Forward Diary

Stocks & Shares - How to choose a broker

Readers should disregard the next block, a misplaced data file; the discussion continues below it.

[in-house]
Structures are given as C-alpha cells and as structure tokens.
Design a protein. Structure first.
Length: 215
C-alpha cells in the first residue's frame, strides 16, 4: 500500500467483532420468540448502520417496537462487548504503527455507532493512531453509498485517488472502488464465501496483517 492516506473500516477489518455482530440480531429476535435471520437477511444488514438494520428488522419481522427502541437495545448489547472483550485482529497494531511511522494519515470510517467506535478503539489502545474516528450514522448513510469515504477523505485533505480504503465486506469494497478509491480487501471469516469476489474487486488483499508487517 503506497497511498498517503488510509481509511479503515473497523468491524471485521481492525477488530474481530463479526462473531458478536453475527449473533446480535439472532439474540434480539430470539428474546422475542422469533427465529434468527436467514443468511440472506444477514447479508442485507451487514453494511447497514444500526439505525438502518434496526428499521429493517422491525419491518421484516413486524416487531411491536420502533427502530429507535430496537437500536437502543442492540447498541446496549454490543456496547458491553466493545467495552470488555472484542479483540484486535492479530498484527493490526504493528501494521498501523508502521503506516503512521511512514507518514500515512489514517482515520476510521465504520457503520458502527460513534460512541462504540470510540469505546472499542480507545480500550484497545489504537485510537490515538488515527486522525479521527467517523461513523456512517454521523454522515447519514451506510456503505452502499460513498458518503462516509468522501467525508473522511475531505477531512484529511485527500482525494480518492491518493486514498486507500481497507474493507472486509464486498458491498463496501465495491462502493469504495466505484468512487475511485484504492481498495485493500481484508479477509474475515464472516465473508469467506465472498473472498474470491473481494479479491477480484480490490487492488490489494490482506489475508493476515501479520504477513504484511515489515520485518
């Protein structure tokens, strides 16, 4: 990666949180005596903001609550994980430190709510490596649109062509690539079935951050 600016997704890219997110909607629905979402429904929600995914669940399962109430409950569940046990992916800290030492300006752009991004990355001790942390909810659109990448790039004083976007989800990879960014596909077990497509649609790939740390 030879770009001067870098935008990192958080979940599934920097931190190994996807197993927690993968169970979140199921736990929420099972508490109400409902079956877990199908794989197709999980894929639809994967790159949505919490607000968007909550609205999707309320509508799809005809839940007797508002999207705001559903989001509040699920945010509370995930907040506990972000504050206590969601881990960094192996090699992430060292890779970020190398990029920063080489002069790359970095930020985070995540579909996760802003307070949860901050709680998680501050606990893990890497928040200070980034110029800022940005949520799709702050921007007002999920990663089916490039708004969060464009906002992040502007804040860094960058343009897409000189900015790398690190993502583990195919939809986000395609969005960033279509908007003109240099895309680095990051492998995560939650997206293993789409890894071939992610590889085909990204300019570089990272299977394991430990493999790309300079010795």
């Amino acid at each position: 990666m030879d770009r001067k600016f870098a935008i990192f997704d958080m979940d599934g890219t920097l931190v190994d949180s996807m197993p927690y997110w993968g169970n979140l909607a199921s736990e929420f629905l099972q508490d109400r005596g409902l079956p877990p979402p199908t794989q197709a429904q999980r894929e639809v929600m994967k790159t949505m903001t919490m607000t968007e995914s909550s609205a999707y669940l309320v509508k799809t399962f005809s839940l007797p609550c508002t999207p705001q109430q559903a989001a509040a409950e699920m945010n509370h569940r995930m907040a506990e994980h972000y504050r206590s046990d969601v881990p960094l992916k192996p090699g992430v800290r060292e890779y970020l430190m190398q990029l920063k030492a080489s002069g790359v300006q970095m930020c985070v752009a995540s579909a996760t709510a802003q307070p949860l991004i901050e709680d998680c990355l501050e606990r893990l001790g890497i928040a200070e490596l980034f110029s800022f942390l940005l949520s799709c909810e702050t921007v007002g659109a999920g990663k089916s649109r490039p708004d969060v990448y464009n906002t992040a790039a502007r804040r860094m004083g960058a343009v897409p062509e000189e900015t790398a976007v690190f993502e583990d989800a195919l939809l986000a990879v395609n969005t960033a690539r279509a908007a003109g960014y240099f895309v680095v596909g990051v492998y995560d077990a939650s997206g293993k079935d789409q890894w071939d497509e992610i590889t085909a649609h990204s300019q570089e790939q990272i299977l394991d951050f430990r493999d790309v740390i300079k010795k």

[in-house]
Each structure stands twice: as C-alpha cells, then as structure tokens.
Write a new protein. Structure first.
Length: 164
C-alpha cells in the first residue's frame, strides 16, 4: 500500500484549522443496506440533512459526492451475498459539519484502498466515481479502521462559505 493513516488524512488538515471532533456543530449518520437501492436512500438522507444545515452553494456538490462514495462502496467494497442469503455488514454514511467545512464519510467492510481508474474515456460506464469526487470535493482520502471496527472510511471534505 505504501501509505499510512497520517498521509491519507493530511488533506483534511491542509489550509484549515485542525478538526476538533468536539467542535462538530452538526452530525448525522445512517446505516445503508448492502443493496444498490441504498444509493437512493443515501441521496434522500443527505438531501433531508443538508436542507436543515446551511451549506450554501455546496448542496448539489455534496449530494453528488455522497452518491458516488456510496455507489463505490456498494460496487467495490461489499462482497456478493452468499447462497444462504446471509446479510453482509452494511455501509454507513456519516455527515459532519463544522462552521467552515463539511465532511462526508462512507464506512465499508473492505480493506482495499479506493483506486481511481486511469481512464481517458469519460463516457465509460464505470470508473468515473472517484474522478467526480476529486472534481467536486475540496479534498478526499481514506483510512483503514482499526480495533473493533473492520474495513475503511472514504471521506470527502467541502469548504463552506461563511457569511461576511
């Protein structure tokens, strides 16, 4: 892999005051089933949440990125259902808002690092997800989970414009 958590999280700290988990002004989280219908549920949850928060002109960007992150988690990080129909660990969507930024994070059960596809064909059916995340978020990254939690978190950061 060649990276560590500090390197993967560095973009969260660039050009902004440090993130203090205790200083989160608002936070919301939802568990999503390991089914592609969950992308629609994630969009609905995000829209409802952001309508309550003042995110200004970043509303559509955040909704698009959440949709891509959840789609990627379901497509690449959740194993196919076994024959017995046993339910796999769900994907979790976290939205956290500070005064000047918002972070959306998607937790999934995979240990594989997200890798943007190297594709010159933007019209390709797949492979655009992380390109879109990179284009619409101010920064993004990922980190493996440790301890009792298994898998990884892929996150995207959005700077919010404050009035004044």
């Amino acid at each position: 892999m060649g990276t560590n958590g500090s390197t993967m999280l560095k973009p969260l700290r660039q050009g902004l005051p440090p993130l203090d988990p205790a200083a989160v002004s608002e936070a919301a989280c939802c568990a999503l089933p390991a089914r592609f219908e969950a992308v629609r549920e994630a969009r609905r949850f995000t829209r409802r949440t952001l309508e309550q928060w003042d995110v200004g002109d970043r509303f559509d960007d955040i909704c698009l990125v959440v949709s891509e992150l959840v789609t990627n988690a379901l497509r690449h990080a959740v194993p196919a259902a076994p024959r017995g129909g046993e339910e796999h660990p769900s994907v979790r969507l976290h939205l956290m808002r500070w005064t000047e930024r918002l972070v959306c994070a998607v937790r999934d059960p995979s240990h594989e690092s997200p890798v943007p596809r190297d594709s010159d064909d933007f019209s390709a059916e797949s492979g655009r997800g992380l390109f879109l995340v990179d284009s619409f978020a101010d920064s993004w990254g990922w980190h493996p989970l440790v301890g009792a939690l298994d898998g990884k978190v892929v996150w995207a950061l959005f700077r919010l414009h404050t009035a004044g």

When looking for a suitable stockbroker the logical place to start is your investment objective. Whether you are saving for a holiday of a lifetime, the deposit for a house, education fees or retirement, will make a big difference to the sort of service you need.  It is hard to think of a more critical financial decision than how you will pay for your child’s education, or achieve a decent pension. In these complex areas there is a strong argument for some kind of advisory relationship. Otherwise it is a case of looking for a suitable execution-only facility. The next step is to decide on the most appropriate type of account. For most investors the obvious starting point is an Individual Savings Account (Isa), unless you are saving for a pension when a Self-Invested Personal Pension (Sipp) may be the better option. Those with more of a trading mentality might prefer a standard dealing account or possibly a spot foreign exchange (forex) account with a specialist currency broker.  It is then a case of thinking about where you will be investing your money. If you do not want to get too actively involved in the process you will probably want to concentrate on professionally managed funds, whereas those who enjoy the hands-on approach are likely to be more interested in company shares or possibly leveraged tools such as covered warrants.     1. Selecting the right service for you   Advice  Those who want professional investment advice will need to choose a broker that offers discretionary and advisory portfolio management services.  These sorts of services start with a fact-finding session so the broker is clear about what you are trying to achieve and how much risk you are willing to take with your capital. It is then a case of deciding whether you would rather have  •  a discretionary arrangement, where you hand over all the day-to-day management of your portfolio, or •  an advisory service that provides recommendations but leaves it up to you whether to accept them.  Advisory and discretionary accounts are more expensive than an execution-only service, but the idea is enhanced performance more than makes up for the extra cost.  Execution-only services  If you prefer to make your own investment decisions you will need to find a suitable execution-only service. The starting point with these is the cost, but there are also lots of other features that may be relevant. These depend on the type of account and where you want to invest and are covered in the second and third sections of this guide.  Each time you buy or sell company shares, an investment trust or exchange-traded fund (ETF), you will have to pay commission on the transaction. Online deals tend to be cheaper with a typical flat rate charge in the region of £10 to £15. A few brokers apply tiered levels of commission according to the size of the trade, although this is more common for telephone deals.  Most brokers also charge a quarterly or annual administration fee. These are usually set at a fixed rate, but in some cases are calculated as a percentage of the value of your portfolio. Otherwise there may be an inactivity fee that applies if you do not trade for a stipulated period of time.  The only way you can work out how much the different services will cost is to estimate how many times you are likely to trade. In some cases there are discounts for frequent traders, although the criteria vary enormously between providers. If you plan to keep a lot of money in cash you should also find out whether it will earn any interest.    Multiple accounts  Having all your investments in one place makes it easier to monitor your overall portfolio, especially as many brokers provide a consolidated view across multiple accounts. It may also work out cheaper as some firms only charge a single admin fee.  The counter argument is that one particular broker is likely to be better in certain areas than others and if something was to go wrong you would be heavily over exposed. The main danger is your provider goes bust and is unable able to return its clients’ assets. In this worst case scenario you would be covered by the Financial Services Compensation Scheme up to a maximum of £50,000 for investments and £85,000 for deposits.  Even if you have more than this you should still be protected as most brokers hold their client assets in a nominee account. These operate a bit like a trust and a third-party custodian acts the legal owner on behalf of the beneficial interest of the investor.  If your broker was to become insolvent they would have no recourse to these assets and you should get them back, although it could take some time and you would not be able to trade. If the nominee accounts are pooled and there is a shortfall due to fraud you may incur part of the loss.  Anyone concerned about this remote possibility should speak to their broker to clarify the situation. If you are still worried then you should spread your assets between different providers.   2. Choosing the most appropriate account   Individual Savings Accounts  For most investors the best place to start is a stocks and shares Isa, as any income and gains would then be tax-free. These operate like a normal trading account and allow you to buy and sell a wide range of permitted investments including UK and overseas shares, managed funds and ETFs. The main limitation is that you can only pay in a maximum of £11,280 for the 2012-13 tax year.  You can change the investments within your Isa whenever you want and if you are unhappy with your provider you can move the account from one broker to another. Withdrawals can be made at any time, but if the money is later put back it will count towards the annual limit.  When choosing a provider the two main variables are the range of assets and the cost. Some brokers offer a more restricted selection of investments in order to simplify the product, whereas others cover everything and charge accordingly.  There are three key areas that all consumers should consider when thinking about investing in a Stocks & Shares Isa. They are:  •  price •  investment choice •  service  The Financial Service Authority’s (FSA) Retail Distribution Review (RDR) will require all providers to fully disclose their charging structures. At the moment a number of companies are retaining cash rebates from the fund managers to cover their costs. This practice will be banned from the start of 2014 under RDR.   Self-Invested Personal Pensions The most tax-efficient option if you are saving for retirement is to open a Sipp. These provide access to many different types of investments, but like other forms of pensions there are restrictions on when and how you can withdraw your money. There is tax relief on the contributions of up to £50,000 a year or 100% of your salary, whichever is the lower.  A Sipp separates the legal structure and administration from the investment management, but no two products are exactly the same in terms of the services and fees. The best way to find a suitable account is to think about what sort of investment and retirement options you are interested in and then shop around accordingly.  At the top end of the scale are the true, bespoke or full-service Sipps. These provide the maximum investment flexibility permitted under HM Revenue & Customs (HMRC) rules, with some of the more esoteric options being commercial property, land, hedge funds, foreign currency and unquoted shares.  Bespoke Sipps are also the most expensive with an establishment fee and an annual management charge of several hundred pounds. These sorts of costs only tend to be worthwhile if you have a large pension fund of well over £100,000.  Most of the investment returns that accrue in your Sipp are free of capital gains tax and income tax. This means your portfolio can grow more quickly. The main exception is the 10% tax credit that is deducted from UK company dividends which cannot be reclaimed. There are also some withholding taxes that affect certain overseas investments.  The main limitation is you cannot access the money in your Sipp until you reach 55. After that it is largely up to you when and how you take your benefits, at which point there is normally the option to withdraw up to 25% of the accumulated capital as tax-free cash. Whatever is left over will then be used to provide a taxable income to fund your retirement.   Trading accounts  Those with more capital at their disposal or who want the maximum possible flexibility will need to open a separate trading account. There are no restrictions in terms of how much you can pay in or take out, but the cost and choice of investments differ from broker to broker and all the income and gains are taxable.   3. Deciding where to invest   Managed funds If you do not have the time or inclination to monitor your account on a day-to-day basis or have limited capital you will probably want to concentrate on managed funds such as unit trusts and open-ended investment companies (OEICS). These pool your resources with those of thousands of other investors and then allocate the cash across a number of different holdings.  The beauty of this sort of product is your money is professionally managed and this should in theory result in better long-term returns. There is also the diversification aspect as private investors would find it impossible to achieve such an effective portfolio when acting in isolation.  OEICS and unit trusts typically have an initial charge, which can be as much as 5% of your investment, but when you use a stockbroker this fee will frequently be fully discounted. This represents a valuable saving compared to buying direct from the investment manager.  There is also an annual management charge (AMC) that can be anything up to 1.75%. This is deducted from within the fund and will act as a drag on performance. Part of the reason it is so high is it includes trail commission paid by the fund manager back to the platform provider.    Investment trusts  The other main type of managed fund is an investment trust. These are structured as listed companies and have an independent board of directors who are responsible for appointing and overseeing the fund manager. There are around 400 from which to choose and between them this selection provides exposure to a wide range of different markets.  Investment trusts are closed-ended funds, as they have a set number of shares that they use to raise a fixed pool of capital that is then invested by the manager. Investors can buy or sell them on the London Stock Exchange (LSE) in exactly the same way as they would any other company shares. The price of an investment trust therefore varies according to both the performance of the underlying portfolio and also prevailing market sentiment. Unlike an OEIC the shares can trade at either a premium or discount to their net asset value (NAV).  Investment trusts are more complex than unit trusts and OEICS but these extra features can help them to deliver better performance. They also tend to be cheaper with the average AMC around 0.5% lower than for the equivalent unit trust. You will find all the details in the company research section of your broker’s website. Independent financial advisors (IFAs) have tended to shun investment trusts as they offer no commission stream. Under the new RDR regime, IFAs must outline all available options so investment trusts could be about to enjoy additional and deserved publicity.   Exchange-traded funds  The main alternative to investing in an actively managed fund is to buy a passive tracker instrument such as an ETF. These are designed to track an index but trade like a share and can be bought or sold during the day whenever the exchange that it is listed on is open for business. As a rough guide they tend to work out about 1% a year cheaper than an equivalent unit trust or OEIC, as there are no fund managers to pay and fewer expenses to meet.  There are now over 1,000 ETFs, ETCs and exchange-traded products (ETPs) listed on the LSE. Many more are available on international exchanges, especially in Europe and the USA. These include single country, regional and sector equity ETPs, as well as instruments linked to bonds, currencies, commodities, volatility and property. The idea is the ETF, ETC or ETP tracks the performance of the underlying index, commodity, sector or basket of assets as closely as possible. Investors sometimes use ETPs to provide cheap core holdings for their portfolio and then invest smaller amounts in managed funds in an effort to outperform the market. Another option is to try your hand at tactical asset allocation, where you use ETFs to specifically target undervalued areas. There is no initial charge with an ETF although you will have to pay commission at the same rate as when buying company shares. The AMC is normally less than 1% and in some cases it is only a few basis points. Most brokers provide details of the performance and links to the associated factsheets.   UK shares  Those who prefer to take a more active interest in their portfolio will probably want to invest in UK equities. This is a lot more involved than buying a managed fund as you have to identify the opportunities yourself and then decide how best to trade them.   The beauty of investing in individual stocks is you can tailor the portfolio to match your objectives and risk profile. If you have a particular area of expertise such as the technology sector or you only want to buy steady, high-yielding businesses like utilities you can act accordingly. This is arguably more risky but could ultimately result in a higher return.  All stockbrokers allow you to invest in UK company shares listed on the Main Market of the LSE. The smaller stocks that trade on the junior Alternative Investment Market do not qualify for an Isa so you would need a trading account or Sipp if you want to glean exposure to these fledgling and hopefully up-and-coming firms. In each case there is a 0.5% stamp duty payable on the purchase. When you invest in shares using your broker’s online platform you will normally be presented with the current market price and given a window of ten or 12 seconds in which to decide whether to go ahead and place your order. These systems automatically scan the various Retail Service Providers (RSPs) to ensure you get the best possible price available at the time. Normally this will result in a small improvement on what is being quoted by the exchange.  Each broker has a research section on its website that allows you to investigate potential investments that you might have read about in Shares or other trusted sources of research and ideas. Those with a particular company in mind can also check the latest news and directors’ deals, as well as the fundamental data, consensus analyst recommendations and charts, on such useful websites as,, and  Most firms offer handy features that can make it easier to manage your portfolio. The main one is a stop loss, which will automatically sell a holding if the price drops to a certain level. There are also trailing stops that you can use to lock in your profits while restricting your losses.  Active share investors may want mobile access to their account. Most brokers rely on smartphone-friendly versions of their websites, but if you have an iPhone you may prefer a bespoke app.    International shares  Once you have built up a UK share portfolio the next potential step is to diversify overseas. This would enable you to invest in some of the best-known companies in the world and to benefit from businesses operating in faster-growing economies. The coverage and cost varies enormously between different brokers so it is worth shopping around if you think you might want to use this aspect of the service.  There is no stamp duty when buying overseas shares, although investors will need to complete a W8-BEN form before they commit capital to the US equity market to ensure that they are not taxed twice. In some cases there may be other local tax issues but your broker or financial adviser should be able to help.  Most American companies report their earnings after the closing bell on the New York Stock Exchange. It is not normally possible to react to the news until the market opens at 9.30am local time the next day or 1.30pm GMT in the UK, by which time the price may have changed dramatically.     Covered warrants and structured products  More experienced investors may want to spice up their portfolio using covered warrants. These are securities issued by large financial institutions such as Goldman Sachs, RBS and Société Générale and they give you an option-like exposure.  There are around 400 covered warrants traded on the LSE and they are linked to a variety of different underlying assets including currencies, shares and indices. The high leverage means that even a small investment could have the potential to return a healthy profit, but they are risky as a lot of them expire worthless.  Investors who are bullish on a particular market could buy an out-of-the-money call, which would magnify the return if the underlying asset were to rise. Those who are bearish could achieve the same effect by buying a put.  There are also several hundred structured products. These range from simple trackers, to more complex strategies offering a geared exposure to upwards or downwards movements in prices. Full details of all these instruments are available from the issuers’ websites, but in each case you need to be aware of the counterparty risk. This ‘How to’ guide is produced by Shares Magazine and is only for general information and use, and is not intended to address particular requirements. The value of investments and the income derived from them can go down as well as up. Past performance is not necessarily a guide to future performance. You should get professional financial advice before making any investment decisions.